On the Road



A passion to live and work in the outback took Tom Curtain to the Northern Territory in 2001.  Since then he has experienced an industry collapse, reinvented his business, battled a council, and ignored all his mates who said he couldn’t do it. It was a simple matter of being agile and utilising his talents to create Katherine Outback Experience that now travels the east and west coasts of Australia.

Ever since watching Landline on the ABC whilst at primary school in Kingaroy Queensland, Tom Curtain has dreamed of living and working in the Australian outback.  After finishing boarding school, he completed a three year degree in cattle genetics. 

‘Mum and dad wouldn’t let me go any sooner,’ he admits.  But as soon as he finished university he was off to the Territory, living out of a swag and mustering cattle. Yep, he was living the dream!

With a passion and talent for training horses, Tom spent a number of years contract horse-breaking throughout the NT and QLD which saw him travel from station to station every two to three weeks. Recognising this lifestyle was not sustainable for him and his young family, in 2008 Tom seized the opportunity to purchase a property on the outskirts of Katherine where he setup his own horse-training facility for the cattle stations to send him horses to train.  However, in the blink of an eyelid, the 2011 live export ban not only impacted on the cattle stations, it also dried up Tom’s business.  ‘All the budgets were cut on the stations and there were no horses to break-in.’

Fortunately, Tom had one other skill to draw on.  ‘When I first started mustering in the Territory the head stockman gave me a guitar and showed me how to play three chords.’ Ironically this happened whilst sitting around a campfire, an inspirational place to practice singing and writing songs as Tom discovered. He subsequently entered a singing contest and won.  Now, with his horse training business dried up, Tom resorted to music.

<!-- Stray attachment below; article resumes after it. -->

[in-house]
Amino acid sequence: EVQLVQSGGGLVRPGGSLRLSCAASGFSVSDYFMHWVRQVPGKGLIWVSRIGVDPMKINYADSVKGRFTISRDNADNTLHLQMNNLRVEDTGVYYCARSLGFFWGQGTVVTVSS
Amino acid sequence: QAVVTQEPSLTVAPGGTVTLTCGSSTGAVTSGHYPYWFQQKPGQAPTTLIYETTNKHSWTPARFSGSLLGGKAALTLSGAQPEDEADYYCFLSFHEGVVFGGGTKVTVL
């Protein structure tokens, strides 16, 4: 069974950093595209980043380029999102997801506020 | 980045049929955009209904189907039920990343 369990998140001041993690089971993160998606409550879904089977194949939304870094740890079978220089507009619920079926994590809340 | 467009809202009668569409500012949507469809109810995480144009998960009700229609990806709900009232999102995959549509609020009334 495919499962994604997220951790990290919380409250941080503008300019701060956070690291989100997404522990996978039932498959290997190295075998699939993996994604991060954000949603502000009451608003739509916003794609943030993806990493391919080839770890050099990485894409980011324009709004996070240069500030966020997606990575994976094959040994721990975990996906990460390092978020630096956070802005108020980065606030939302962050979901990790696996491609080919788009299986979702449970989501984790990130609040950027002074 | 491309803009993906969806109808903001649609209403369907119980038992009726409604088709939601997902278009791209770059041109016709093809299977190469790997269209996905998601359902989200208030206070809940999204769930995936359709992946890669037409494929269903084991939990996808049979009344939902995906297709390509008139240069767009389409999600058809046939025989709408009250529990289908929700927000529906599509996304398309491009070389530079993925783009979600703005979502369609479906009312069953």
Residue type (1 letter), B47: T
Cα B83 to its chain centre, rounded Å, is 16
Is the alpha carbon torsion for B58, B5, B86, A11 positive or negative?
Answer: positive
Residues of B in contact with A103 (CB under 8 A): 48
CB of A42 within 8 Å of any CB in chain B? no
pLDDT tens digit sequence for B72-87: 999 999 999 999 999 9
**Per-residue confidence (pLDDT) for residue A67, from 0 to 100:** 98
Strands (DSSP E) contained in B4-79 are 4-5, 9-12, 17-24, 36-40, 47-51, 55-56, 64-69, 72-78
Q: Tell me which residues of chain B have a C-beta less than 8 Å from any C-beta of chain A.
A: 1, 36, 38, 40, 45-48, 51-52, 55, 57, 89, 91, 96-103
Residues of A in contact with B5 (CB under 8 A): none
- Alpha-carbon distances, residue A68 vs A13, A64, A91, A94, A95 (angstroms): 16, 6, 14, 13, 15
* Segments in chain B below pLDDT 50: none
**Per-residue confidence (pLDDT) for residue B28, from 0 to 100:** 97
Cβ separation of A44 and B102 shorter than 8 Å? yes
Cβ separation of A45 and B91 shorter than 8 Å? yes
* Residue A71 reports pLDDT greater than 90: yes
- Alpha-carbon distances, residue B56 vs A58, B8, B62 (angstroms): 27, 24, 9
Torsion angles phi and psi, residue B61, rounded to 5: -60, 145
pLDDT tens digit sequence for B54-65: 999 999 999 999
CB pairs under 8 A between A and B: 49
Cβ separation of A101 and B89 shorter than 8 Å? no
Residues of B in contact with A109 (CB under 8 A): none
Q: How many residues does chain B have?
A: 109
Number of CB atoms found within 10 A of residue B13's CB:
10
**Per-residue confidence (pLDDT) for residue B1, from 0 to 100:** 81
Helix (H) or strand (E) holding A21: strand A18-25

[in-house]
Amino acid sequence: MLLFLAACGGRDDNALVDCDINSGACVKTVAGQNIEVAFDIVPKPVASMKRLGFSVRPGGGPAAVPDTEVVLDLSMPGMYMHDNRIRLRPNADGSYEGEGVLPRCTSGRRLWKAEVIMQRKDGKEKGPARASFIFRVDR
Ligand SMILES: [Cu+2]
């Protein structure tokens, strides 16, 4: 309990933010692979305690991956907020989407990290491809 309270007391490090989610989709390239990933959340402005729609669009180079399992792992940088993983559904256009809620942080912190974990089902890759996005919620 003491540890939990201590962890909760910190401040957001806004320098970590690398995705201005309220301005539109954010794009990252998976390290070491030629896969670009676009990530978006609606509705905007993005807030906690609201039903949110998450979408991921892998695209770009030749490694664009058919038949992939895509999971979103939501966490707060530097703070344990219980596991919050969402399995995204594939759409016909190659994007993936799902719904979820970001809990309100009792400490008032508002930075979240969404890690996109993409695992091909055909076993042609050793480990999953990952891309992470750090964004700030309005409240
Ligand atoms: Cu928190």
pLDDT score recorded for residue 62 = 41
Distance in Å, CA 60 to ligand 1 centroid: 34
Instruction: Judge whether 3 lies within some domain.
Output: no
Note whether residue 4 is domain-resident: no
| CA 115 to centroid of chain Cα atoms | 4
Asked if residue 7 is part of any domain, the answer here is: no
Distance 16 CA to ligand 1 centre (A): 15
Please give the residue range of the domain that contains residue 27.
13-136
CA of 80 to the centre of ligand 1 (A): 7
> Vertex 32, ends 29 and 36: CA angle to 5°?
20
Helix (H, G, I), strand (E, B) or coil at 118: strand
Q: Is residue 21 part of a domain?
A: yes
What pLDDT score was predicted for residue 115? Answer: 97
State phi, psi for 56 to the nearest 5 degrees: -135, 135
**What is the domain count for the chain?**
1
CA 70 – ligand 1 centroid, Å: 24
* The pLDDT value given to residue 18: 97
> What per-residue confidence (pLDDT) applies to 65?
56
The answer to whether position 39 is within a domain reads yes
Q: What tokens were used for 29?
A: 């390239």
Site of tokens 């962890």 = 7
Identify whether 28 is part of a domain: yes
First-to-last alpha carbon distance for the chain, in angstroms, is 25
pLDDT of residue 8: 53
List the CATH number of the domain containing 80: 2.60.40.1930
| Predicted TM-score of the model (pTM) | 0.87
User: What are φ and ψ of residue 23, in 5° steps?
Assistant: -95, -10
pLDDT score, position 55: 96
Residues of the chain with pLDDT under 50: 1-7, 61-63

‘I started singing at the caravan park four nights a week. Then through conversation people got really interested in what I do and wanted to come and see how I train horses and working dogs.  I combined the three and moved into the tourism game.’ 

Tom had effectively tested and discovered a new business; however, setting up the Katherine Outback Experience on his property raised a few obstacles along the way.

‘Wearing a cowboy hat gives the impression of being a bit simple.’

‘At first there was a lot of negative feedback from my mates,’ Tom admits, ‘and Council said it wouldn’t work. Wearing a cowboy hat gives the impression of being a bit simple. I laughed it off and kept on going.’

Apart from talent, Tom had three positive things going for him. 

‘I knew a little bit about tourism because my parents operated a Farm Stay for 25 years, so I had grown-up in the industry, offering horse rides to visitors.’ The benefits of a university degree also taught him structure, prioritisation of workloads, and to work in a regimental way. And thirdly, he knew from experience that audiences like to see something different.

‘I won a horse breaking competition in Queensland a few years ago and, knowing I was also into country music, the commentator asked me to sing. I sang a song while standing on the young horse’s back. Thank God I didn’t get bucked off!’

The next challenge was to find an audience for Katherine Outback Experience.

‘I had to raise awareness that I was here,’ says Tom. ‘There wasn’t much of a budget so I painted some signs on old tin and put them up on the town outskirts. Council said they were too close to the township so I moved them 70 kilometres out of town.’ 

Tom commandeered the help of mates and backpackers to place brochures on car windshields around shopping centres and caravan parks. ‘Facebook came on the scene which was good, but we had very poor internet so technology wasn’t much use.  I had to do a lot of face to face ground work.’

Then there was the weather challenge; something that no amount of marketing could overcome.  ‘Over the Wet Season, from November to March, Katherine gets too hot and wet to train animals and tourism dries up,’ Tom explains.

Using his time productively, Tom initially moved back to his parent’s property in Kingaroy during the Wet Season where he could still train horses.  Then he decided that he may as well take his fully trained horses and dogs with him. Katherine Outback Experience is now in its second year of being on the road over the summer months, travelling the west and east coasts of Australia, and the business has reached a new level.